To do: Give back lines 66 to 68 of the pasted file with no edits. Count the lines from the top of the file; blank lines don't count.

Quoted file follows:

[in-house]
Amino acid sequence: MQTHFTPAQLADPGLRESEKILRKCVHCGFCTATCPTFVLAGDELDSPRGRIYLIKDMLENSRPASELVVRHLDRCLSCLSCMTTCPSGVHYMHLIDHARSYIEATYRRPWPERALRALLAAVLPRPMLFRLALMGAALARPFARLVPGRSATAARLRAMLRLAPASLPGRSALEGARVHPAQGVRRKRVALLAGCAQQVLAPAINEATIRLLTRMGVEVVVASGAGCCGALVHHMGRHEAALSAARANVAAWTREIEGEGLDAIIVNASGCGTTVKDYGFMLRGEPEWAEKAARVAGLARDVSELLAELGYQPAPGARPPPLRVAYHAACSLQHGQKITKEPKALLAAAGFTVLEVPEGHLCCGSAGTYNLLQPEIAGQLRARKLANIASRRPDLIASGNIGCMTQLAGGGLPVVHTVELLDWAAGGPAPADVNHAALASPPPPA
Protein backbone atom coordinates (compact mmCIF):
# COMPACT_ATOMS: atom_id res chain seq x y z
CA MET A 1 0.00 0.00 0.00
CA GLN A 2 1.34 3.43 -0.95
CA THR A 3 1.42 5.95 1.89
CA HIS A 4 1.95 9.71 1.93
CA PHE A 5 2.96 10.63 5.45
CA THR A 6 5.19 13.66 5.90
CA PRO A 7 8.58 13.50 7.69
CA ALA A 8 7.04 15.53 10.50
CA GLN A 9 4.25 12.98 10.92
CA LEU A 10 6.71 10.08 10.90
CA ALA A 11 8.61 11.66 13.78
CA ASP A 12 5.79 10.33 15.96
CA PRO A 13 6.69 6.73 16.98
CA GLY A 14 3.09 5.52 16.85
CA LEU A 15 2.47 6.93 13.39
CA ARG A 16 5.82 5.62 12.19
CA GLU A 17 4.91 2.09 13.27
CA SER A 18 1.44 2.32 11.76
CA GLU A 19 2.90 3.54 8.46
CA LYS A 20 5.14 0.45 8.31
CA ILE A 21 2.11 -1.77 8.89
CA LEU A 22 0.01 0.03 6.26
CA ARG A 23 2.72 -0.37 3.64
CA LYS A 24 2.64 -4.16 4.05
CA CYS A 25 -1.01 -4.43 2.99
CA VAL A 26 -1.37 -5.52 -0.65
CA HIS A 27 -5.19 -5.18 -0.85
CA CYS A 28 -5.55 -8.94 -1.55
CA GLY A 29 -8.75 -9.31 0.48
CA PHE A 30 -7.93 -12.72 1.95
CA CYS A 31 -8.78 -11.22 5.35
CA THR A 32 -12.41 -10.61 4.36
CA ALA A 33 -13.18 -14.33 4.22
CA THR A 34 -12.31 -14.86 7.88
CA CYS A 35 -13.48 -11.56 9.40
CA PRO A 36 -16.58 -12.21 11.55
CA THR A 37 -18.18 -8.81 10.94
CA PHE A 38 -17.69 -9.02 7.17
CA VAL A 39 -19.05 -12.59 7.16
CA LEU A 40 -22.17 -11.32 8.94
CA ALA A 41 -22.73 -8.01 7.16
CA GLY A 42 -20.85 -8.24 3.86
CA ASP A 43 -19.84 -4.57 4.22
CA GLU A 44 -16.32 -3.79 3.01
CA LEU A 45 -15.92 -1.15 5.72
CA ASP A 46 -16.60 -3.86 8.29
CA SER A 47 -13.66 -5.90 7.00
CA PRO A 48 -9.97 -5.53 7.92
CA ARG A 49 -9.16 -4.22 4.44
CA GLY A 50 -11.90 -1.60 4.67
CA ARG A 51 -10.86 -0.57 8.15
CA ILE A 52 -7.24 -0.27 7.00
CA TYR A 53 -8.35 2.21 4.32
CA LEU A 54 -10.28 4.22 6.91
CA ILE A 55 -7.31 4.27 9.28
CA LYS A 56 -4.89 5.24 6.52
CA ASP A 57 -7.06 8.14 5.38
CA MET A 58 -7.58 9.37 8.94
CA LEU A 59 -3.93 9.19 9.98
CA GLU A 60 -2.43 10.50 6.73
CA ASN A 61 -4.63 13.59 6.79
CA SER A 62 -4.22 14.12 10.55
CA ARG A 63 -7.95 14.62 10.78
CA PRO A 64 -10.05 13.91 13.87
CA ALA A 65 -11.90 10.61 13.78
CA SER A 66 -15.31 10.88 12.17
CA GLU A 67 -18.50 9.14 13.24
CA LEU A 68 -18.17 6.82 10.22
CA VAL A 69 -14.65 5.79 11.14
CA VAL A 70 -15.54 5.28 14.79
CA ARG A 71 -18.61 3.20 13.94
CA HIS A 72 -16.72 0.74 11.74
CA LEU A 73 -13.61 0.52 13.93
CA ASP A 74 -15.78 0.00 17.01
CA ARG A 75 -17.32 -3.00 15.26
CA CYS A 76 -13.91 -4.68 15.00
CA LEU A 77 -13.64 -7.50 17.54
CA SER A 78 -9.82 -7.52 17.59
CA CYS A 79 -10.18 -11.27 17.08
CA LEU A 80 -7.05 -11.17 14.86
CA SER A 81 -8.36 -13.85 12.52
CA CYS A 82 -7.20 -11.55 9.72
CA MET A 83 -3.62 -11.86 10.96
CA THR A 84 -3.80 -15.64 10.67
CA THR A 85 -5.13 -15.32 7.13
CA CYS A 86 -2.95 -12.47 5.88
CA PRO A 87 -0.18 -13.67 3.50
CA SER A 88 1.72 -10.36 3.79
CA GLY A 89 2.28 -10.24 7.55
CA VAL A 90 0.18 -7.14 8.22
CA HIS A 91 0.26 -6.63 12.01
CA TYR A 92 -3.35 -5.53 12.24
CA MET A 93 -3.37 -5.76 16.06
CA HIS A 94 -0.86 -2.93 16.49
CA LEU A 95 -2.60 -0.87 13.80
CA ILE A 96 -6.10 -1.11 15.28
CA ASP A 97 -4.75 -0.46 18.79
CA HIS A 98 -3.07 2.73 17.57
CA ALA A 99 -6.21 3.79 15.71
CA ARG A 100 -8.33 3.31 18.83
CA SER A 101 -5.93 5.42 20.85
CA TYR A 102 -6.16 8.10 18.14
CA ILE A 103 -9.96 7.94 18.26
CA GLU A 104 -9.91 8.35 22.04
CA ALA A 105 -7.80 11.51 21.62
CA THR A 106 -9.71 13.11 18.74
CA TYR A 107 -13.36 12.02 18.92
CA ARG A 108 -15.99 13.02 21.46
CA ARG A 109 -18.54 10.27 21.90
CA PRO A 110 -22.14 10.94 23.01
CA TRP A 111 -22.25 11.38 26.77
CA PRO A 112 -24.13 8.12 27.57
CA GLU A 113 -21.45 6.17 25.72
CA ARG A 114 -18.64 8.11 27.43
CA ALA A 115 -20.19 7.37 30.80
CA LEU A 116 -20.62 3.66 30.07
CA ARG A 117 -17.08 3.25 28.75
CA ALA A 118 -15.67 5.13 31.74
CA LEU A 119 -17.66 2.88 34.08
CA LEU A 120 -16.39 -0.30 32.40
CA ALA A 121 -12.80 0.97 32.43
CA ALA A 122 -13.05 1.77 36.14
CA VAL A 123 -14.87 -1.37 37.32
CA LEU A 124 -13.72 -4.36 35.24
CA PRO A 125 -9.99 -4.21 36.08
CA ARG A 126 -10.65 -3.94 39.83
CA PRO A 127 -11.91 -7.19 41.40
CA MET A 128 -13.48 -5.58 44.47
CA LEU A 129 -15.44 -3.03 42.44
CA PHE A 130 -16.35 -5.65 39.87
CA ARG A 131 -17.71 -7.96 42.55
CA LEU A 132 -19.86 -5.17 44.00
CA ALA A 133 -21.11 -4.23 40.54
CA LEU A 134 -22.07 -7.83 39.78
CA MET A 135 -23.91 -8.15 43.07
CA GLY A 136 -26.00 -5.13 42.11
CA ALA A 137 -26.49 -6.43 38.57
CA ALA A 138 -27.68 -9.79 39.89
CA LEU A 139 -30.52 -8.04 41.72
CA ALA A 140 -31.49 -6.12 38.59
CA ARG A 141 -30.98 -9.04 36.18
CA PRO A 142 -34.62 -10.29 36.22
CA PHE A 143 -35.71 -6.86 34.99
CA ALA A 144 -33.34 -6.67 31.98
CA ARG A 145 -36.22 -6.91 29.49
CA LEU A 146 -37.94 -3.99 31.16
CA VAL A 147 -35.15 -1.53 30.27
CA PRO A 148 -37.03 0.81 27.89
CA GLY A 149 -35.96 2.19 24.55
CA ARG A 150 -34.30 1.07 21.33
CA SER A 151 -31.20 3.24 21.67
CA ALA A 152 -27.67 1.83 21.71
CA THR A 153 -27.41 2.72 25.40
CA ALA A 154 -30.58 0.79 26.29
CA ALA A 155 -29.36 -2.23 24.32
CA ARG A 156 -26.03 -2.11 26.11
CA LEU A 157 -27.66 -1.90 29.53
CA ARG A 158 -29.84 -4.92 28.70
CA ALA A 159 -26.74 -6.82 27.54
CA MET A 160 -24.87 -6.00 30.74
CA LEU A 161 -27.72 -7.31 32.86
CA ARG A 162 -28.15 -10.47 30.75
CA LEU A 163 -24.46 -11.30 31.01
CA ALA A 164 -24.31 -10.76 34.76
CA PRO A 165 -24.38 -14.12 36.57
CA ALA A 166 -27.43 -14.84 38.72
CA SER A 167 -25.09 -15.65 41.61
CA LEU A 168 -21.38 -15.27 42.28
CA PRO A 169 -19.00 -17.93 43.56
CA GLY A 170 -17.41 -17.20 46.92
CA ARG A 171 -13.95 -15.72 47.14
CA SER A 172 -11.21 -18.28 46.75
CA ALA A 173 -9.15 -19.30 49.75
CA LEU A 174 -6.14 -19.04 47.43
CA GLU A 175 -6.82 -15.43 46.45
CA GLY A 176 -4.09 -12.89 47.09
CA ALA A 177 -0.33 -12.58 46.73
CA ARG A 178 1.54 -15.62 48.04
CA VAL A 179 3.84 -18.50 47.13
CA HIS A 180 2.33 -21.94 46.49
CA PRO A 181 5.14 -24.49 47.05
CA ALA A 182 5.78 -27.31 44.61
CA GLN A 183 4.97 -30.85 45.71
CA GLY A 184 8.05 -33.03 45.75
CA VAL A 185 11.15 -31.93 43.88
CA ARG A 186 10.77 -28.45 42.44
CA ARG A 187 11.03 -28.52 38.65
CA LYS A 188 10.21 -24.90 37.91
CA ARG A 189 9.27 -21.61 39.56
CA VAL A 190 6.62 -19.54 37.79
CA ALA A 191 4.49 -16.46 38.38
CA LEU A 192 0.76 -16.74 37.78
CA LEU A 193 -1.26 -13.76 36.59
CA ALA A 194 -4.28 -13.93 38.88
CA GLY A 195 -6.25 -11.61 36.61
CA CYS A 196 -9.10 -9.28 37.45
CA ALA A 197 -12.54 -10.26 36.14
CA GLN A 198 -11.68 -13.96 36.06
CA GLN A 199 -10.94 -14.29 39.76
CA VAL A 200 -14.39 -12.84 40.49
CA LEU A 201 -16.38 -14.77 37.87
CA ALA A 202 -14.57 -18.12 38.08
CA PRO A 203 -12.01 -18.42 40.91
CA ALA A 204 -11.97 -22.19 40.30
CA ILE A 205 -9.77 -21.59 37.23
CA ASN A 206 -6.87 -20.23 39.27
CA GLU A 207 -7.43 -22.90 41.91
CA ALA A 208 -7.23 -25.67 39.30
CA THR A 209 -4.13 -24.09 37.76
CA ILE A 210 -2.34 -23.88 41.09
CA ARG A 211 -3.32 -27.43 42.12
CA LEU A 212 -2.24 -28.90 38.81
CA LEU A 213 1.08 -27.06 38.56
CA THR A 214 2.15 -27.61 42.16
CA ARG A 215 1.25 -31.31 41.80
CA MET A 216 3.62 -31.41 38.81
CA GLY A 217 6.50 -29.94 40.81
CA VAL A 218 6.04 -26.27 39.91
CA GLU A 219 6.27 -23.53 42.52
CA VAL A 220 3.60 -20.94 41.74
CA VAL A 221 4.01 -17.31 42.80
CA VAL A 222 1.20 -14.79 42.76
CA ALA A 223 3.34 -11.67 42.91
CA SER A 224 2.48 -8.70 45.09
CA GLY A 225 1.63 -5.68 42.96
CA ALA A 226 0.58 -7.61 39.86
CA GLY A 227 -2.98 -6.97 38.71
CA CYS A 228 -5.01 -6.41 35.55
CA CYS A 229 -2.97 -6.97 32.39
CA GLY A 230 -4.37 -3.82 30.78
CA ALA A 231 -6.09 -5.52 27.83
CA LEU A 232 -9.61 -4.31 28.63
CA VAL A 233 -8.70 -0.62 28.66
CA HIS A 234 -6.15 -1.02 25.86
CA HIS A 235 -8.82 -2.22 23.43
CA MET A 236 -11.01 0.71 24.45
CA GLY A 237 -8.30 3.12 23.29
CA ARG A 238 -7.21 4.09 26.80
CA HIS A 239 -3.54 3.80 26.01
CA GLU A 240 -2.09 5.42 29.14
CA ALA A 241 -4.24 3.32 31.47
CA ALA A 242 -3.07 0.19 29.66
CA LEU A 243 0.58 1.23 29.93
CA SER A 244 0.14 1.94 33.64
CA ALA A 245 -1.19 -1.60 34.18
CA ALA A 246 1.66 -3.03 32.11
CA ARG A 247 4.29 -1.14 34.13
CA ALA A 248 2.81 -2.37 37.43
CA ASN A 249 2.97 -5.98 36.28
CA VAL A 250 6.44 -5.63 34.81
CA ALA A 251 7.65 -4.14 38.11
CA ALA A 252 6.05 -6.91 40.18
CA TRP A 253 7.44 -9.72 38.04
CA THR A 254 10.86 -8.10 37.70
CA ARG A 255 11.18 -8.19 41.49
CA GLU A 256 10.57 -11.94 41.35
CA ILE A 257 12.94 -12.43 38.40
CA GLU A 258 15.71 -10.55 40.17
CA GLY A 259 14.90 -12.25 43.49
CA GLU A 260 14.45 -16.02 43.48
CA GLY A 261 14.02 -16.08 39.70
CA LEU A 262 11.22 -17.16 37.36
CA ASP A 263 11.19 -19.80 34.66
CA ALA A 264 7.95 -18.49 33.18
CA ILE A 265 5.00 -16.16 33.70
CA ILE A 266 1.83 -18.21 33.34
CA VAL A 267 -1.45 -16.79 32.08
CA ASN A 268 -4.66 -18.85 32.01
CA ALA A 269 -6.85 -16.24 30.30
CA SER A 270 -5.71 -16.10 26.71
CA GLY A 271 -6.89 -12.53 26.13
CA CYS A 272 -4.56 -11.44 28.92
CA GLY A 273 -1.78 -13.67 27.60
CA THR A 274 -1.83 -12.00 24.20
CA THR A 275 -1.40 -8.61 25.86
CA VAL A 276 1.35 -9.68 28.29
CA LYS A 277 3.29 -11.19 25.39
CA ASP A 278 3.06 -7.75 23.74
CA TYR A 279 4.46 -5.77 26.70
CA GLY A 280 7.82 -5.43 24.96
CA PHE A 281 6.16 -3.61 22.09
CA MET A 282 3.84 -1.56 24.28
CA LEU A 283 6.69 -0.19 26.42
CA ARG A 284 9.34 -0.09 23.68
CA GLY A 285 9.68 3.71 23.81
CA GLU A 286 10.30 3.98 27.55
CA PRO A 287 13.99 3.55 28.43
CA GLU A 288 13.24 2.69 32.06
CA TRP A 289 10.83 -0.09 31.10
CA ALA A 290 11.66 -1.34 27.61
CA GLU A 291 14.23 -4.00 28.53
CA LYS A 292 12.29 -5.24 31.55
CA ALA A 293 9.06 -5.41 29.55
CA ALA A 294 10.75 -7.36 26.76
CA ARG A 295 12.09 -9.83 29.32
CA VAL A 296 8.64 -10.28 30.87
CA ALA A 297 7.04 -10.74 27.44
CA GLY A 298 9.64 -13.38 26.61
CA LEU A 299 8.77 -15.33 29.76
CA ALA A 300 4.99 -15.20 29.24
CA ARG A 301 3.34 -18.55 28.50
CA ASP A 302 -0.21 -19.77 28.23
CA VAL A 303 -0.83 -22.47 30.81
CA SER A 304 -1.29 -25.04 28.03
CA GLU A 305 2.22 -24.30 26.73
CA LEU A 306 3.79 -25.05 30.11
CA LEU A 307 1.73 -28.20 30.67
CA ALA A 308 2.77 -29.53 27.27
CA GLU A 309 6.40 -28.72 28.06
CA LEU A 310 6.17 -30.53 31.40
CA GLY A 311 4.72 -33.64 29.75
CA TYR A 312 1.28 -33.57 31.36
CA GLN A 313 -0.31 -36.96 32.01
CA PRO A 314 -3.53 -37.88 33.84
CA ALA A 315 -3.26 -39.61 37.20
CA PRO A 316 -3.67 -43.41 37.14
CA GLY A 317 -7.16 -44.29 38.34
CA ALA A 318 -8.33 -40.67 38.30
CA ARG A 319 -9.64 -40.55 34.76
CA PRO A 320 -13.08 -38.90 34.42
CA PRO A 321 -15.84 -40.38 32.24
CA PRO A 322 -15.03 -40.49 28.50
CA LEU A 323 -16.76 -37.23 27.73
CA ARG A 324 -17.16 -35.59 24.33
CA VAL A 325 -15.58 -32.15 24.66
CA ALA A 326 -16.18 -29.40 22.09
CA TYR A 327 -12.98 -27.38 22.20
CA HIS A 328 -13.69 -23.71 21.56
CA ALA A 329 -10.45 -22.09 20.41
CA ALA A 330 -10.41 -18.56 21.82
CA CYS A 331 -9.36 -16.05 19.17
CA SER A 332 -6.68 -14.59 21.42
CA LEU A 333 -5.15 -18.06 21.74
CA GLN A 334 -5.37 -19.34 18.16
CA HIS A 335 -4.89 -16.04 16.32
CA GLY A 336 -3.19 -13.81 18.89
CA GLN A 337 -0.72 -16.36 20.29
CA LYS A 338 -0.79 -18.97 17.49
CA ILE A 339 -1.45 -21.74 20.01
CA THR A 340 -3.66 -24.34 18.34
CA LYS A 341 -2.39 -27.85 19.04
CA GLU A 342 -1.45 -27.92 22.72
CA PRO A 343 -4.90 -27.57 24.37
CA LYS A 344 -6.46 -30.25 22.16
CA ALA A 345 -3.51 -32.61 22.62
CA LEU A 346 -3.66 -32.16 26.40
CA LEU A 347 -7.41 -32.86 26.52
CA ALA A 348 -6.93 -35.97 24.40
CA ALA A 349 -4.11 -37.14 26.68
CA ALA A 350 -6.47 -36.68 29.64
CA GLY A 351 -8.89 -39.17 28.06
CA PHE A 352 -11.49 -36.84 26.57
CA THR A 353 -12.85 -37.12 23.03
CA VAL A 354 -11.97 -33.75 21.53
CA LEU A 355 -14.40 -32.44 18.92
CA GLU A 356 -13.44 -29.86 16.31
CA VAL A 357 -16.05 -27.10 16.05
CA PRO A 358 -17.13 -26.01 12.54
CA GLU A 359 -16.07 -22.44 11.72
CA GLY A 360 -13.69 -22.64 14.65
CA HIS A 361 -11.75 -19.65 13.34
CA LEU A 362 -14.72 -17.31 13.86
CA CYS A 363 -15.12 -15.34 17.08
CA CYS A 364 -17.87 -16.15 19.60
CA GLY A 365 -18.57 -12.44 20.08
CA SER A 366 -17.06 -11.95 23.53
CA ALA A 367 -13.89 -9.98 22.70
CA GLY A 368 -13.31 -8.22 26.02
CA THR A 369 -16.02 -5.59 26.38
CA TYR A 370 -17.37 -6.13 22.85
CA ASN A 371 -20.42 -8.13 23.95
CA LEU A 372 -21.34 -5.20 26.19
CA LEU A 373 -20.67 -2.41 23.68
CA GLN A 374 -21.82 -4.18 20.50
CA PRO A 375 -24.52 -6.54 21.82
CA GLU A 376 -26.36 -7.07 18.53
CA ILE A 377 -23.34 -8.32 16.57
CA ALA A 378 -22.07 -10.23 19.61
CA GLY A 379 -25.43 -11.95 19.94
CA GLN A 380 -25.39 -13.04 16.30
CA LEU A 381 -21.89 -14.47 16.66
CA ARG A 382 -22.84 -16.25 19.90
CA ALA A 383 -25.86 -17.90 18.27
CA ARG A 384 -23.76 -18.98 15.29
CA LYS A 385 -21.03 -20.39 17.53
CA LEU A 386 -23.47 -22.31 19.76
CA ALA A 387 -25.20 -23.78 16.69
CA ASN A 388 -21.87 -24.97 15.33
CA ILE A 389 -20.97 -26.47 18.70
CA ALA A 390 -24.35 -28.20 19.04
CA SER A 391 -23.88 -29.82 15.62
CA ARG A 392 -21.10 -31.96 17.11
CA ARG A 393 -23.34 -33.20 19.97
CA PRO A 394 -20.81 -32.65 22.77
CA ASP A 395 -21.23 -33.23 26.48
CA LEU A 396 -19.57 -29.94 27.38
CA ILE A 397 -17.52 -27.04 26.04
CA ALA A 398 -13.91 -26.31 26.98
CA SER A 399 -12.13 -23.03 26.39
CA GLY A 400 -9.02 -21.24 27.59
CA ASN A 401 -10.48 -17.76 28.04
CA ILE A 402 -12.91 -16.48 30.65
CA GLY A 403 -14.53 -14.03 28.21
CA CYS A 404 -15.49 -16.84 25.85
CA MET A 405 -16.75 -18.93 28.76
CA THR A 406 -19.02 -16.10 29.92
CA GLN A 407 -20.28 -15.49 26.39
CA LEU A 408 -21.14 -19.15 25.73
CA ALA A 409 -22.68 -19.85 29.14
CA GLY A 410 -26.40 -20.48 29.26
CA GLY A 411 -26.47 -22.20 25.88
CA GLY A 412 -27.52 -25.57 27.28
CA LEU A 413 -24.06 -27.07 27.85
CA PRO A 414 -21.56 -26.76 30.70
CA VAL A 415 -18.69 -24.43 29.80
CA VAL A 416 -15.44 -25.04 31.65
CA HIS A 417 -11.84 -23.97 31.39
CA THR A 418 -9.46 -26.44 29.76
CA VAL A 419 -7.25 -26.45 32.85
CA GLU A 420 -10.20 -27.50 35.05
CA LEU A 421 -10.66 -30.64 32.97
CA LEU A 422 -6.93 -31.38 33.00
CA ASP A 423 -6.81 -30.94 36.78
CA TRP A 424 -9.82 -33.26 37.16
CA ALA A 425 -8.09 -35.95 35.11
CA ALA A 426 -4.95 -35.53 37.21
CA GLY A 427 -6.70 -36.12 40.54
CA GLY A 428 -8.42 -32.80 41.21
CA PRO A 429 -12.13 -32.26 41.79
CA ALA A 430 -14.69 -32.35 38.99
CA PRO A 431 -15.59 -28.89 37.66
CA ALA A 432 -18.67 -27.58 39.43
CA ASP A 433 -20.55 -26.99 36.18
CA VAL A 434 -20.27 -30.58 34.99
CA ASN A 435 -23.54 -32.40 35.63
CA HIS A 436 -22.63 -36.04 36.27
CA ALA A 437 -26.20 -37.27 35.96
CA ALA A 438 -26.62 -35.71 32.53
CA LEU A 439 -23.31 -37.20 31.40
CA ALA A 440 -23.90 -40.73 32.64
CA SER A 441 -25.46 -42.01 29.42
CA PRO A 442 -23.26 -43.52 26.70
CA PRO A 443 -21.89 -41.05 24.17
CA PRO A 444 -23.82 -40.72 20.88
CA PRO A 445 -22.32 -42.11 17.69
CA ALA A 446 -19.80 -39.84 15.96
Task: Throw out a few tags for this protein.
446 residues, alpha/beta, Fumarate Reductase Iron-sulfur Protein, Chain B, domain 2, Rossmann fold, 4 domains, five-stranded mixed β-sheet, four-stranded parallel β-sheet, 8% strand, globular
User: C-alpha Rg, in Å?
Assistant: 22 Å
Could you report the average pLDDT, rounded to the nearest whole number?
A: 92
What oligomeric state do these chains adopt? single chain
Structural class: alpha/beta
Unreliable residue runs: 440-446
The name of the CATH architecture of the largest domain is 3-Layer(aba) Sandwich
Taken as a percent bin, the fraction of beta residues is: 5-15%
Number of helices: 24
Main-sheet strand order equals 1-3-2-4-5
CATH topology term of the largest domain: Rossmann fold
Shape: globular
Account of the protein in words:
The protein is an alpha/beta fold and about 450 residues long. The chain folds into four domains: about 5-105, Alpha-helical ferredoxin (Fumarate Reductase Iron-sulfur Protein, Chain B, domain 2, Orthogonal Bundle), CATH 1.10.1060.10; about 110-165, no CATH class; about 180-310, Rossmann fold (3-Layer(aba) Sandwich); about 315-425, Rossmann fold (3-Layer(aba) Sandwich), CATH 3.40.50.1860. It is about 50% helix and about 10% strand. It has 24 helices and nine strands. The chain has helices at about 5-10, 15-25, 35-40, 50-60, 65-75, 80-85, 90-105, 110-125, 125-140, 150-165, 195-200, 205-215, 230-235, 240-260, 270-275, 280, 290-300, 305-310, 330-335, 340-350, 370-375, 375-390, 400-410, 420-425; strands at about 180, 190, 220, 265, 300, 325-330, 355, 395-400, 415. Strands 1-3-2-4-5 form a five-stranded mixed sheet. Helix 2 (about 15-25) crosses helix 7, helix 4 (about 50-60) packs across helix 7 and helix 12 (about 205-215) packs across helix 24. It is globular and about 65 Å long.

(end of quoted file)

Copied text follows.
CA SER A 62 -4.22 14.12 10.55
CA ARG A 63 -7.95 14.62 10.78
CA PRO A 64 -10.05 13.91 13.87